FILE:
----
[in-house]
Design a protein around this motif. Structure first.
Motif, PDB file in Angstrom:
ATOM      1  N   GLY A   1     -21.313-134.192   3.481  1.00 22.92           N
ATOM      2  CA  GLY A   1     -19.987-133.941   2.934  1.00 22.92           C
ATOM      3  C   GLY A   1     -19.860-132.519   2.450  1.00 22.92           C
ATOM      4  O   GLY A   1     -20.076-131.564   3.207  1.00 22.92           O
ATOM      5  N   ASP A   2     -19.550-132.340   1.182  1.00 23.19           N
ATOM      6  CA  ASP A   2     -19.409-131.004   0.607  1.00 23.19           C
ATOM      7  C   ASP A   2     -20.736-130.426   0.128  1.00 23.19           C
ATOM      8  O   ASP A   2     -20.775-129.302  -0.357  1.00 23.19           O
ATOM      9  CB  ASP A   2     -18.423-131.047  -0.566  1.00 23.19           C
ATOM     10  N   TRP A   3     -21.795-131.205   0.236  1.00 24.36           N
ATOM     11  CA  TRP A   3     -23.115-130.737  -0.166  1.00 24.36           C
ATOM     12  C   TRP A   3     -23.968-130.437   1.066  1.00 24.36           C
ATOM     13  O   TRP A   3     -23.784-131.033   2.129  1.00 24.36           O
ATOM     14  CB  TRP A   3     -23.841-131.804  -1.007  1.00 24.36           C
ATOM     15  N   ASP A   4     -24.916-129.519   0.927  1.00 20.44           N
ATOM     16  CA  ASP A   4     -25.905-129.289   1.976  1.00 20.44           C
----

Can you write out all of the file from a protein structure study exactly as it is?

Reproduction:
[in-house]
Design a protein around this motif. Structure first.
Motif, PDB file in Angstrom:
ATOM      1  N   GLY A   1     -21.313-134.192   3.481  1.00 22.92           N
ATOM      2  CA  GLY A   1     -19.987-133.941   2.934  1.00 22.92           C
ATOM      3  C   GLY A   1     -19.860-132.519   2.450  1.00 22.92           C
ATOM      4  O   GLY A   1     -20.076-131.564   3.207  1.00 22.92           O
ATOM      5  N   ASP A   2     -19.550-132.340   1.182  1.00 23.19           N
ATOM      6  CA  ASP A   2     -19.409-131.004   0.607  1.00 23.19           C
ATOM      7  C   ASP A   2     -20.736-130.426   0.128  1.00 23.19           C
ATOM      8  O   ASP A   2     -20.775-129.302  -0.357  1.00 23.19           O
ATOM      9  CB  ASP A   2     -18.423-131.047  -0.566  1.00 23.19           C
ATOM     10  N   TRP A   3     -21.795-131.205   0.236  1.00 24.36           N
ATOM     11  CA  TRP A   3     -23.115-130.737  -0.166  1.00 24.36           C
ATOM     12  C   TRP A   3     -23.968-130.437   1.066  1.00 24.36           C
ATOM     13  O   TRP A   3     -23.784-131.033   2.129  1.00 24.36           O
ATOM     14  CB  TRP A   3     -23.841-131.804  -1.007  1.00 24.36           C
ATOM     15  N   ASP A   4     -24.916-129.519   0.927  1.00 20.44           N
ATOM     16  CA  ASP A   4     -25.905-129.289   1.976  1.00 20.44           C